WordPress, Drupal, SquareSpace and others are software tools that allow people who are not web designers to easily build their own websites. They are popular because they allow virtually anyone to create their own website by providing ready-made themes and widgets that easily add forms, images, video and other content. Hosting that supports website building software tools costs more per month while reducing the up-front costs that building a website typically generates.

DNS, or domain naming system, is a naming system applied to computers and other devices connected to the internet. This system is responsible for translating domains to their respective IP or Internet Protocol addresses. Each website on the internet is associated with an IP address that is unique to that website, much like each home in each city has a unique address that the postal office manages. DNS was created because it would be very tedious to remember strings of numbers in this format - - for each website you wanted to visit. 

Knowing what IP address is associated with your website is typically only needed in 2 situations:

  1. When the DNS hosting is being moved from one hosting company to another
  2. When the website is being moved from one hosting site to another
While we do not see the process, DNS runs in the background constantly translating the website URLs we request into their corresponding IP addresses to provide us with results. To be able to do this, companies like Network Solutions, as well as others, host DNS records so every device on the internet can find each website. DNS hosting is another cost associated with having a website, and it is important to document who manages this for you and when it expires so you are prepared when the renewal comes.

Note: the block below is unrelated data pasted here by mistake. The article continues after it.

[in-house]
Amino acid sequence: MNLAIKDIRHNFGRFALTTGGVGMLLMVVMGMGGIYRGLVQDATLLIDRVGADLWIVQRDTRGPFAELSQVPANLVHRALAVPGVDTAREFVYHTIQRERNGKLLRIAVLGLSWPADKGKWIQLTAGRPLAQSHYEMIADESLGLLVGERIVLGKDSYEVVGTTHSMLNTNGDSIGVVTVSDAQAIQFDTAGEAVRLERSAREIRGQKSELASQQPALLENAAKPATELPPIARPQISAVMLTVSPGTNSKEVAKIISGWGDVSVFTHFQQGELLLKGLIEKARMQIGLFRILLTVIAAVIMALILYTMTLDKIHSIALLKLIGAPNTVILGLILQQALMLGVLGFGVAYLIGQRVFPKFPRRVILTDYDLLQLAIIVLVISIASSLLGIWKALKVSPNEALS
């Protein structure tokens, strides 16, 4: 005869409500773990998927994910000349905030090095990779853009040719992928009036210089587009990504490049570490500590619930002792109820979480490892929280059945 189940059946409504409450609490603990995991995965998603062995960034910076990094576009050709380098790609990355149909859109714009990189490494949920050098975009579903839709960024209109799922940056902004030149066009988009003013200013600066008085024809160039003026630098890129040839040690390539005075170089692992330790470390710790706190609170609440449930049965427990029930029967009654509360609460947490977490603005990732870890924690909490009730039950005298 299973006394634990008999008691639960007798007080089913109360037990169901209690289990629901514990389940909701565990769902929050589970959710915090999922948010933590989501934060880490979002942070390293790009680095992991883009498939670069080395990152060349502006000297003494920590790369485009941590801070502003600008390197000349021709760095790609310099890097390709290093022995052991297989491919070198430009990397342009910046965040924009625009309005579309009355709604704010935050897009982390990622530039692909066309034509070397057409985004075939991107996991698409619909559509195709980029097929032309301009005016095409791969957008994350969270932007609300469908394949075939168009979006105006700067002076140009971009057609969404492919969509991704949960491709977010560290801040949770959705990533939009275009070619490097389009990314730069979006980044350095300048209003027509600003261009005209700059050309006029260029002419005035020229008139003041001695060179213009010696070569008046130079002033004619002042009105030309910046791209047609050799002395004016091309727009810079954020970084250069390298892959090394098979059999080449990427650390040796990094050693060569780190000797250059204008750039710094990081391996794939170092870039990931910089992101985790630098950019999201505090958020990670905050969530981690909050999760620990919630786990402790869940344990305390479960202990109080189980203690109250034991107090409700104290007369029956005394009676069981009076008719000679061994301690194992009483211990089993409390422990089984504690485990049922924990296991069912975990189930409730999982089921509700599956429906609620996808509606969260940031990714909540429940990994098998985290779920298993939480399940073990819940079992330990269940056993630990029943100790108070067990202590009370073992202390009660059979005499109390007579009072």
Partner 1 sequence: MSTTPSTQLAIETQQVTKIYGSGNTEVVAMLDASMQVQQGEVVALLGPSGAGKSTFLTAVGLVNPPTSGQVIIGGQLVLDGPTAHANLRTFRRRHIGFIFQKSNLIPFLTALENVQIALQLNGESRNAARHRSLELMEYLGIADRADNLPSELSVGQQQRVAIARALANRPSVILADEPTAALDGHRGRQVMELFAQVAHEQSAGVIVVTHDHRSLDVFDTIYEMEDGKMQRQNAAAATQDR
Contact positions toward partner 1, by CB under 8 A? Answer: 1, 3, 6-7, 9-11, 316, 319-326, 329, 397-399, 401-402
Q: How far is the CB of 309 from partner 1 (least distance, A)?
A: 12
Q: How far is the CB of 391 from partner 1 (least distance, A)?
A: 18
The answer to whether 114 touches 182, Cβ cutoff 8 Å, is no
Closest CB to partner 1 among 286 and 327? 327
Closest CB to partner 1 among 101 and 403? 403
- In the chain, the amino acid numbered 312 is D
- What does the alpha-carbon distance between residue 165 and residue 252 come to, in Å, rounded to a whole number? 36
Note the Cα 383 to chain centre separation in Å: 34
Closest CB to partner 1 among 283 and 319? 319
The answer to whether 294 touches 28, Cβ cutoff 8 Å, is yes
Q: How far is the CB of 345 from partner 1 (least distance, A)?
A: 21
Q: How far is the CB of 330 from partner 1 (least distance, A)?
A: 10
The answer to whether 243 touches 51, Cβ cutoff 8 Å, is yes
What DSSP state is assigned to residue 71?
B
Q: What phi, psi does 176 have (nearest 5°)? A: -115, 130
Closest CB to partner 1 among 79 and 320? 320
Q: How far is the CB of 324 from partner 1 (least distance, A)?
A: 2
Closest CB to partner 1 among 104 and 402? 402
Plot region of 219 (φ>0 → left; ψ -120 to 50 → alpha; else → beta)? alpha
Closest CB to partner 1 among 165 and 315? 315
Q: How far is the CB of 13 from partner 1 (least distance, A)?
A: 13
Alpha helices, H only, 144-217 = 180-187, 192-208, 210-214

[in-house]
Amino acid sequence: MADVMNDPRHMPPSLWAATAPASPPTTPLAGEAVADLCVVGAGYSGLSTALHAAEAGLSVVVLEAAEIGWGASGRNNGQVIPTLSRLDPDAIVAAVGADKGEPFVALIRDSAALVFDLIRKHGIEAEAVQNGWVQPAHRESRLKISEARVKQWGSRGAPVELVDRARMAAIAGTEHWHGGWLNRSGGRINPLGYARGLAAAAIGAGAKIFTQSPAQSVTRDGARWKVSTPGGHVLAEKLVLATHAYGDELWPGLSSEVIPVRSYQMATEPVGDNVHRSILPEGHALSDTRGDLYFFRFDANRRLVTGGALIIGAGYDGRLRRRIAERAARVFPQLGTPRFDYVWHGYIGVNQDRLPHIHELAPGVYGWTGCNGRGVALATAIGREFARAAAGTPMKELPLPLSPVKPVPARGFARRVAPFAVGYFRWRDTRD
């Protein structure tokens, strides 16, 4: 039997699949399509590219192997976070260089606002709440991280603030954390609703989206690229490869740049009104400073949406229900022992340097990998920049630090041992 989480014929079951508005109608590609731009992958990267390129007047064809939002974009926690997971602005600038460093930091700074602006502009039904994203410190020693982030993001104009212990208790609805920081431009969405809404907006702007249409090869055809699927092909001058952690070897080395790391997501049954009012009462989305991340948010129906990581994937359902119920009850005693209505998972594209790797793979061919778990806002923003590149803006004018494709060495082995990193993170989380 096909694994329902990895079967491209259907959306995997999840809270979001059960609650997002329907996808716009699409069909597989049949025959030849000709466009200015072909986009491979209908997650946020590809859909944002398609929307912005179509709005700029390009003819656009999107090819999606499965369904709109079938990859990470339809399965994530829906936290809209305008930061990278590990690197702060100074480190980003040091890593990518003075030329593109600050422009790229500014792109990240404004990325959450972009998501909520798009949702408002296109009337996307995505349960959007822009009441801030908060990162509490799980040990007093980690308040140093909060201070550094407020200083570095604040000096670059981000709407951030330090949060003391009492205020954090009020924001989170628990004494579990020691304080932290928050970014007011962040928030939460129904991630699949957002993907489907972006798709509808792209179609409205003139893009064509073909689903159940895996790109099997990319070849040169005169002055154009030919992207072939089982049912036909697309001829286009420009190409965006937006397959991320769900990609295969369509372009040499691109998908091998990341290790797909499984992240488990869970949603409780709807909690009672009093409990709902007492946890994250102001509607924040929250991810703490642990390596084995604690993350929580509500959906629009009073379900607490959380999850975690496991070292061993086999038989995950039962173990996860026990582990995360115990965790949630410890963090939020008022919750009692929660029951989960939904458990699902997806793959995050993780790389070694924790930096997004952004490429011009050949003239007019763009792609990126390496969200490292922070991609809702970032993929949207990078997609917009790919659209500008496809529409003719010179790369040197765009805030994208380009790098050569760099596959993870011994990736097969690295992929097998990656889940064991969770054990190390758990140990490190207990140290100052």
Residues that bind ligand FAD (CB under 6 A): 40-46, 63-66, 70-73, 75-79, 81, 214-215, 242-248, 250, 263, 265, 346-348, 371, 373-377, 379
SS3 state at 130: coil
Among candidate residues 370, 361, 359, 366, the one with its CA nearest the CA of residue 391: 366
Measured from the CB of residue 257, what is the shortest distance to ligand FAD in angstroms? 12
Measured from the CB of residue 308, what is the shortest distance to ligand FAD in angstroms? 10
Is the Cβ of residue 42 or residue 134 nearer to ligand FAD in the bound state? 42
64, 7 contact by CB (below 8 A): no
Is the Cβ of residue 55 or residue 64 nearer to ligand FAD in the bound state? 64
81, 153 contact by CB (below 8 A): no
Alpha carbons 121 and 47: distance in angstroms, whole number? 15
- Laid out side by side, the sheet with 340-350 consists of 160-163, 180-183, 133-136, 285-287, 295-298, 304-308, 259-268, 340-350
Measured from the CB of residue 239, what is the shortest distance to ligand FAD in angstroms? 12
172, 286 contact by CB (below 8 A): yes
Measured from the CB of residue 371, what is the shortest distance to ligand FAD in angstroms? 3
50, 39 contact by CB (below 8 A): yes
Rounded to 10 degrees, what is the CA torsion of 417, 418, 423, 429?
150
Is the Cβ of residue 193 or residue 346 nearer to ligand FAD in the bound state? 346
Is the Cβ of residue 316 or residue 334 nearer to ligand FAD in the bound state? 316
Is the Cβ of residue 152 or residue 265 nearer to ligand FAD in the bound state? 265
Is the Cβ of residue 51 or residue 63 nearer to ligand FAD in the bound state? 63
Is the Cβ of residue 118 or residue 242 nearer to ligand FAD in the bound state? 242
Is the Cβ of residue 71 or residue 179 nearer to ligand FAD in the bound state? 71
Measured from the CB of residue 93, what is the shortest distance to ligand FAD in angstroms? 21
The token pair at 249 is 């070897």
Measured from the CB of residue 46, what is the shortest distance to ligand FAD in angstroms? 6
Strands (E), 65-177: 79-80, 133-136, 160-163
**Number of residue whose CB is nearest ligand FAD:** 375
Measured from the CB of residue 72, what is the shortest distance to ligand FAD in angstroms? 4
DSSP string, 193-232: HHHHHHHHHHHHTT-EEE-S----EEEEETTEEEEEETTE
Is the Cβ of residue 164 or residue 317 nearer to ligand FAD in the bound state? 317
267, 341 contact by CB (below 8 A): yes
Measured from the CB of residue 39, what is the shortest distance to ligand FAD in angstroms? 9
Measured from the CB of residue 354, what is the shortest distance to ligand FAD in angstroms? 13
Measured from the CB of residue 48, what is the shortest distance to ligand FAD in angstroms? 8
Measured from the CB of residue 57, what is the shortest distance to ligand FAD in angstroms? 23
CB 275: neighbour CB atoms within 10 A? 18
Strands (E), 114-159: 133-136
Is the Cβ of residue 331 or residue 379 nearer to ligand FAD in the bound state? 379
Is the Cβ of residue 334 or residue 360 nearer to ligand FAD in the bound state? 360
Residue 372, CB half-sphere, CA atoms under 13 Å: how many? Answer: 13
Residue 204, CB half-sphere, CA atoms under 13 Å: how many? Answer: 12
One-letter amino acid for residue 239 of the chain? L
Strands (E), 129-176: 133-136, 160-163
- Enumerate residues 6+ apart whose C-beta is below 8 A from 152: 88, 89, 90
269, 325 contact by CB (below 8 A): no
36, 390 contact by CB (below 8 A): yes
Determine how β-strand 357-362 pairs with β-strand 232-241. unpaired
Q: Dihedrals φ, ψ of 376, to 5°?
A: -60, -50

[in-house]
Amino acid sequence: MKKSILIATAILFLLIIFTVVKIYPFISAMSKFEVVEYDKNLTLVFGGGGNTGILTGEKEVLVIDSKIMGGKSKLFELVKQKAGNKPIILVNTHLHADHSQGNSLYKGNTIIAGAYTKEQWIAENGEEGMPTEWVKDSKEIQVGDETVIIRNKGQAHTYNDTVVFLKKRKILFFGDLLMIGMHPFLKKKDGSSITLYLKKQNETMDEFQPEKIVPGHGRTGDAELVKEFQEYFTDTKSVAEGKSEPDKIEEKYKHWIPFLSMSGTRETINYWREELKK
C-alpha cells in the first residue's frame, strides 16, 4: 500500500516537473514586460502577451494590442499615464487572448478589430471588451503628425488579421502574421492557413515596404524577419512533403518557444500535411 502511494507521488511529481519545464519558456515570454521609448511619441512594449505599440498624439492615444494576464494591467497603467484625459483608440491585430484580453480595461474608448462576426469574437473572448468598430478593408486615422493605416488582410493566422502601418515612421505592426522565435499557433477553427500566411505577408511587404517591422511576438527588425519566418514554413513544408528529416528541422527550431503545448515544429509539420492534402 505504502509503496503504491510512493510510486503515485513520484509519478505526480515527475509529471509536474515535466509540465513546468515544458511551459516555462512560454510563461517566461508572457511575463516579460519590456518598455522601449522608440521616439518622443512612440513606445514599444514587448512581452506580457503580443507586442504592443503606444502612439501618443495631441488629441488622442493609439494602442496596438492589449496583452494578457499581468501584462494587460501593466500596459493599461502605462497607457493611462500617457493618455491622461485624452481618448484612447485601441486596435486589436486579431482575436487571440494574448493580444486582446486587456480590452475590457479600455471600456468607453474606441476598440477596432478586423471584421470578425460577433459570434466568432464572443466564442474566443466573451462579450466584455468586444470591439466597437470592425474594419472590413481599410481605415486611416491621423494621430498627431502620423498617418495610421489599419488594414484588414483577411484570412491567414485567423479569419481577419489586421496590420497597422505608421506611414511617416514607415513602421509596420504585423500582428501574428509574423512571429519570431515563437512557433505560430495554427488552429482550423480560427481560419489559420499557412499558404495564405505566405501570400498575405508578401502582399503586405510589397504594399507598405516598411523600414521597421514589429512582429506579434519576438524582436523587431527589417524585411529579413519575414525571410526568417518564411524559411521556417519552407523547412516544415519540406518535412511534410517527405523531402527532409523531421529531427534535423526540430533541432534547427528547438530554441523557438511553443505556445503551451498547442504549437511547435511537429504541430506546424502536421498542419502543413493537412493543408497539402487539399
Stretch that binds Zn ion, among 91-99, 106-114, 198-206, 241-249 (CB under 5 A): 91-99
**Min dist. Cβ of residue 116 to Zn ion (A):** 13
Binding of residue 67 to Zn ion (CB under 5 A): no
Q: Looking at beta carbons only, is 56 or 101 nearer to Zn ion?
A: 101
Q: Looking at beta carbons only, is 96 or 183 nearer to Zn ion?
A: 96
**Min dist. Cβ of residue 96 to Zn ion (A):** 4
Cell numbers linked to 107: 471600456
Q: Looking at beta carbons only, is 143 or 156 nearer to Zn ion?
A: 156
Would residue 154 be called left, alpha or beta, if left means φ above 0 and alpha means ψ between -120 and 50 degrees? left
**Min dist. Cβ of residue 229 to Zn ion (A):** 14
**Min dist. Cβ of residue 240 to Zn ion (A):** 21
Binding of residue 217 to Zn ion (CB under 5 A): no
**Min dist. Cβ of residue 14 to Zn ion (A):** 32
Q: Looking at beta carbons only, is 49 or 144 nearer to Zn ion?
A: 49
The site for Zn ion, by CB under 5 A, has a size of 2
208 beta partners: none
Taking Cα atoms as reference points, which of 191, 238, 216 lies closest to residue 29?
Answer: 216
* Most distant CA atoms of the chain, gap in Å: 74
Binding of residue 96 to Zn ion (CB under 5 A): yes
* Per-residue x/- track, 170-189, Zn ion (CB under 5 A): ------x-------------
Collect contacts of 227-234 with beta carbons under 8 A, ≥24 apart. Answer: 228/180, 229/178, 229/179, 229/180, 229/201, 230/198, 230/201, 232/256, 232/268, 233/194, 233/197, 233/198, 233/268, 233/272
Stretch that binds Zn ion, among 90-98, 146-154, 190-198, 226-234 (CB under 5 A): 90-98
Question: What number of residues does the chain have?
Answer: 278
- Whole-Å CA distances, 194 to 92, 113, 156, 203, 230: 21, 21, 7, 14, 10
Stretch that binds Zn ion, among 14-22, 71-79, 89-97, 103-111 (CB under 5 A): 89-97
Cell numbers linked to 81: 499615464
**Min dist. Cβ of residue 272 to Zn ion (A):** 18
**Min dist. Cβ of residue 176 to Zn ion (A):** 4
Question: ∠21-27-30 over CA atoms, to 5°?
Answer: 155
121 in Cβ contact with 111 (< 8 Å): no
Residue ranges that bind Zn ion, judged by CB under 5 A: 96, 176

Website hosting is provided by companies and includes the process of either building a website with a hosting company or uploading/transferring an existing website to a new hosting company. Hosting fees are often paid annually, for a reduced rate, but can typically be paid monthly as well. 

There are many sites that host websites such as GoDaddy, Wix, and 1&1. Choosing a host is a personal choice, but be sure to compare more than just pricing. It can also be important to know how much traffic is included with the hosting plan, the guaranteed up-time for your website, and the hosting site's reputation. Whomever you choose, be sure to document who hosts your website and when the hosting expires.

In summary, understanding some of the terms associated with hosting a website is helpful when making changes or considering building a new website. While you do not need to understand all the inner workings, knowing where your DNS records are hosted, where the website is hosted, and where you purchased your domain name are critical pieces of information that should be documented and protected. Always be sure to maintain control over these items as it will make it much easier to make a change if you ever need to.

The three pieces of a website that have recurring fees are:  the domain name, website hosting, and DNS record hosting. These can often all be done by the same company, but that is not required and having hosting with different companies does not change the response time of the website itself.

As always, knowing what your options are can make all the difference!